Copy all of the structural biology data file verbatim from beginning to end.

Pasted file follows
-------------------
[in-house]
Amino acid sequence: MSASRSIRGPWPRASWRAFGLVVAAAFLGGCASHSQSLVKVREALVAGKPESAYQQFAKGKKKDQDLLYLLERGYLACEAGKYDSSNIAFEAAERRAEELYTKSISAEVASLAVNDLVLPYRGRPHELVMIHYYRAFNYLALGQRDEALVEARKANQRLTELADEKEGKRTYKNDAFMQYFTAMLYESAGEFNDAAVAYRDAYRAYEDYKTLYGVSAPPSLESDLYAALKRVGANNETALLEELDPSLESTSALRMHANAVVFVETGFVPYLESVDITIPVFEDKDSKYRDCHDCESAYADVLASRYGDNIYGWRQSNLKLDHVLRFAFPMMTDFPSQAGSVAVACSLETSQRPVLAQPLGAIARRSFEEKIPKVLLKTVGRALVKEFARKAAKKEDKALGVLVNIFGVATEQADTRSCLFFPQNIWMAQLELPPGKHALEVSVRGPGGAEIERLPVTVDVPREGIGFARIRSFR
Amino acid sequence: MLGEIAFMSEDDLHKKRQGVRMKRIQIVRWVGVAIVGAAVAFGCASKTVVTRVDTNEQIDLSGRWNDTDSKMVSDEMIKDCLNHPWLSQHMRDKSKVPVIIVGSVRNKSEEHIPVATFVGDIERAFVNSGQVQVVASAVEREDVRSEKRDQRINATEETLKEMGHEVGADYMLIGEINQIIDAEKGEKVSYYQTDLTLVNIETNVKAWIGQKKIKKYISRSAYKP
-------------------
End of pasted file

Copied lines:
[in-house]
Amino acid sequence: MSASRSIRGPWPRASWRAFGLVVAAAFLGGCASHSQSLVKVREALVAGKPESAYQQFAKGKKKDQDLLYLLERGYLACEAGKYDSSNIAFEAAERRAEELYTKSISAEVASLAVNDLVLPYRGRPHELVMIHYYRAFNYLALGQRDEALVEARKANQRLTELADEKEGKRTYKNDAFMQYFTAMLYESAGEFNDAAVAYRDAYRAYEDYKTLYGVSAPPSLESDLYAALKRVGANNETALLEELDPSLESTSALRMHANAVVFVETGFVPYLESVDITIPVFEDKDSKYRDCHDCESAYADVLASRYGDNIYGWRQSNLKLDHVLRFAFPMMTDFPSQAGSVAVACSLETSQRPVLAQPLGAIARRSFEEKIPKVLLKTVGRALVKEFARKAAKKEDKALGVLVNIFGVATEQADTRSCLFFPQNIWMAQLELPPGKHALEVSVRGPGGAEIERLPVTVDVPREGIGFARIRSFR
Amino acid sequence: MLGEIAFMSEDDLHKKRQGVRMKRIQIVRWVGVAIVGAAVAFGCASKTVVTRVDTNEQIDLSGRWNDTDSKMVSDEMIKDCLNHPWLSQHMRDKSKVPVIIVGSVRNKSEEHIPVATFVGDIERAFVNSGQVQVVASAVEREDVRSEKRDQRINATEETLKEMGHEVGADYMLIGEINQIIDAEKGEKVSYYQTDLTLVNIETNVKAWIGQKKIKKYISRSAYKP